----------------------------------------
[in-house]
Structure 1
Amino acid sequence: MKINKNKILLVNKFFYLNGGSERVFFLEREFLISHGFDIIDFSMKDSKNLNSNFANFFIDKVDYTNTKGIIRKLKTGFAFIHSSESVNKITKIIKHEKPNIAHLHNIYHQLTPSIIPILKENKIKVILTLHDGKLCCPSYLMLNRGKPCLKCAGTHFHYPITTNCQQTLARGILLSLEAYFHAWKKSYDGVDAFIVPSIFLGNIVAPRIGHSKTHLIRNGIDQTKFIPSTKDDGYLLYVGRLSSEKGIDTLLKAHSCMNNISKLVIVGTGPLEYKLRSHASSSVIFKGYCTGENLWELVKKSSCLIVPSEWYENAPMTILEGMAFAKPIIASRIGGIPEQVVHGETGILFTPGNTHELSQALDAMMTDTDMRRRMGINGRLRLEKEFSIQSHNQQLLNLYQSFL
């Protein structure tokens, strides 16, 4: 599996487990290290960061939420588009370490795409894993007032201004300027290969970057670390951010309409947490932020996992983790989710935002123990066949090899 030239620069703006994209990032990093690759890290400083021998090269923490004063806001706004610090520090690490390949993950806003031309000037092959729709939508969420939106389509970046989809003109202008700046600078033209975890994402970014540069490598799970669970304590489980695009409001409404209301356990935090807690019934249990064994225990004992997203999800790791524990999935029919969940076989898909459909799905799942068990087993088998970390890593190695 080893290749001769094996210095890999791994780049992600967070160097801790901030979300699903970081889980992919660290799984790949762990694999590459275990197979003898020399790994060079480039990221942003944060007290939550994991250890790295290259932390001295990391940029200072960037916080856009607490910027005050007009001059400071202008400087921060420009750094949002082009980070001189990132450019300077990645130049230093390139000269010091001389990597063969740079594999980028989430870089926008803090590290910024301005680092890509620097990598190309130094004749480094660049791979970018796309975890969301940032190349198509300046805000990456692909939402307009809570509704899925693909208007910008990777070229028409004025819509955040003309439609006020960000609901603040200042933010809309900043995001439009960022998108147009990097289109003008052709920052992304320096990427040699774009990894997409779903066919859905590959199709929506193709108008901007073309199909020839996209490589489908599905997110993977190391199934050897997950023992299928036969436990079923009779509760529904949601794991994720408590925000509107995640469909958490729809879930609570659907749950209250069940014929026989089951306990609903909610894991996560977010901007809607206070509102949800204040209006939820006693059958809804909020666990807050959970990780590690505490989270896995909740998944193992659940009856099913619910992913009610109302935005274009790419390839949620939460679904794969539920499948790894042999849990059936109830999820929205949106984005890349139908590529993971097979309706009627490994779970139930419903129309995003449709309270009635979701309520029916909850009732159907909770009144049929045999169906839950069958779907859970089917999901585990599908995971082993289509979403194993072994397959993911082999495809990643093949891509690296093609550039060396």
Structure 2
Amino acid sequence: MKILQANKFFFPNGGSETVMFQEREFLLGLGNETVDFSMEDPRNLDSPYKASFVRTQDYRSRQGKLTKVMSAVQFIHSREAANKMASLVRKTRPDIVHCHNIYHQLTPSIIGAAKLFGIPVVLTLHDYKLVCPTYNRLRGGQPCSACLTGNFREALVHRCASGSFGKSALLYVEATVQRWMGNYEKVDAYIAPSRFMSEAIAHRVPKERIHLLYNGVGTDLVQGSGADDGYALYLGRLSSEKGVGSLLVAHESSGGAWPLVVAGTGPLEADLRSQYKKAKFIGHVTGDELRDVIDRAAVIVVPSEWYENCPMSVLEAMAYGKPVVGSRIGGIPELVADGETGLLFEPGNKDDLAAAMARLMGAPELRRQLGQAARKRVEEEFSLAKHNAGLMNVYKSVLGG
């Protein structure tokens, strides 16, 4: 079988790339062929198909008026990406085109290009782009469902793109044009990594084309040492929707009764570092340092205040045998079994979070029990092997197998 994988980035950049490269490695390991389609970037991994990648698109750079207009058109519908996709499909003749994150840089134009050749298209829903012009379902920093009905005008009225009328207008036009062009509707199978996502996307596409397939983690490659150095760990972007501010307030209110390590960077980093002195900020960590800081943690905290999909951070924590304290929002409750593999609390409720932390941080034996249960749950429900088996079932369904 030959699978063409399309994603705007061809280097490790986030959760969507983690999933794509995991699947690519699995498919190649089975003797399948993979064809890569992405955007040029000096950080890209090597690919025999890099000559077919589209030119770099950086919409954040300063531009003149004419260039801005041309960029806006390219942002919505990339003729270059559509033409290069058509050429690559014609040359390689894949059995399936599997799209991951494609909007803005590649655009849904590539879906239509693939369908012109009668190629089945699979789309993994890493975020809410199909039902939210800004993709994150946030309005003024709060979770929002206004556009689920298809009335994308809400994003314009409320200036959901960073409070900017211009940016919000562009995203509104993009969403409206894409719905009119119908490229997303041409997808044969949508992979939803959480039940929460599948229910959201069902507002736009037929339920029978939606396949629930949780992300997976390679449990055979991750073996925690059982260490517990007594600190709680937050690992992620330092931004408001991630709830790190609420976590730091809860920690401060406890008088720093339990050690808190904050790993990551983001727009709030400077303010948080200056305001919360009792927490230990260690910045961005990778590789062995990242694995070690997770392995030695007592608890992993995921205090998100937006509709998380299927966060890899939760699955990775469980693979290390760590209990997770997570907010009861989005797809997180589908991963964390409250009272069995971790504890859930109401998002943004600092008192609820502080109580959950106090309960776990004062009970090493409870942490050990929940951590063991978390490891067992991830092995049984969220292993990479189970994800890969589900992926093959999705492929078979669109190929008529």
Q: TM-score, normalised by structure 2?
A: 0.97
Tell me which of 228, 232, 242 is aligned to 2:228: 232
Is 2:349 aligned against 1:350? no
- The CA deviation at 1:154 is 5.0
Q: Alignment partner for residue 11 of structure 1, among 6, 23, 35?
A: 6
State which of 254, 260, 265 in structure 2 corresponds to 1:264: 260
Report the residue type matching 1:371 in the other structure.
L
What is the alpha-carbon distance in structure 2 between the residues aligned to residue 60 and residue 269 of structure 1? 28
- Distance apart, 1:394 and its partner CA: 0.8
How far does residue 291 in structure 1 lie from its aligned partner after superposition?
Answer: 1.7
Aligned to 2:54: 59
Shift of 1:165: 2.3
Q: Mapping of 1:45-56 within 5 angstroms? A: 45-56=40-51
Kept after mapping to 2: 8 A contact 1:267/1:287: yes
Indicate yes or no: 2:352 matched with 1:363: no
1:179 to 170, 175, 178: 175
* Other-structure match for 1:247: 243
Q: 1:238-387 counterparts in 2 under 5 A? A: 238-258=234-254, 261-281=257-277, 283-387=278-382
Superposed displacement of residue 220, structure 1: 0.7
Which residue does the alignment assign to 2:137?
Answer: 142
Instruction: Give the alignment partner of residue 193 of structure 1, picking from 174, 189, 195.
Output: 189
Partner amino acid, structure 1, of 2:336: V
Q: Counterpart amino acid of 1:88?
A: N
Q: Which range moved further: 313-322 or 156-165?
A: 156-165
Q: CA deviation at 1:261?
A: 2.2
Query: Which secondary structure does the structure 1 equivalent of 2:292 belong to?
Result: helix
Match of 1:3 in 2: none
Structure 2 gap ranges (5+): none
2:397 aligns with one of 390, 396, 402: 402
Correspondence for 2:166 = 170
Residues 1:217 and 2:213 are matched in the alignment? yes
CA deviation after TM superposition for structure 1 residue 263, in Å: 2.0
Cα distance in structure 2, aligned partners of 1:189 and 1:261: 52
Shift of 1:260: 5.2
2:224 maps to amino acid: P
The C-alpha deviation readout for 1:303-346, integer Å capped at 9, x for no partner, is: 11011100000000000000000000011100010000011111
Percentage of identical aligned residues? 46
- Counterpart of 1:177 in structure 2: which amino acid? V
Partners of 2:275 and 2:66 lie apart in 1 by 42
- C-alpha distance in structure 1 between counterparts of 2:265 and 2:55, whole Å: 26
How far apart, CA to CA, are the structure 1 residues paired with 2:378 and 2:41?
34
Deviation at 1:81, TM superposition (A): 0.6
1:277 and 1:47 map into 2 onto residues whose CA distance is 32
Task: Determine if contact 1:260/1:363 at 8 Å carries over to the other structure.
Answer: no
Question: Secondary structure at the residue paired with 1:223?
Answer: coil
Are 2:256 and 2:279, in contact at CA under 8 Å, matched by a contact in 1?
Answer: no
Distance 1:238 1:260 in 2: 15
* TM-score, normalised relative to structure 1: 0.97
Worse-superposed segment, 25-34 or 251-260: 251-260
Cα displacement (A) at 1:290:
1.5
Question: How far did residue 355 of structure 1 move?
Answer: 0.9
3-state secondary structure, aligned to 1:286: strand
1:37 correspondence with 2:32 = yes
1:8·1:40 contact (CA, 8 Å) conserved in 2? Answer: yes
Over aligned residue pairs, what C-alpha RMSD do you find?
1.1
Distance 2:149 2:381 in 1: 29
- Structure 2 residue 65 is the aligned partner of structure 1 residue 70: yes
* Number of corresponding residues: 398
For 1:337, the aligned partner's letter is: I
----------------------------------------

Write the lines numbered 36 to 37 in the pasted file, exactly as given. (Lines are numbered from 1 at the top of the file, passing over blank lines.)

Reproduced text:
Q: Counterpart amino acid of 1:88?
A: N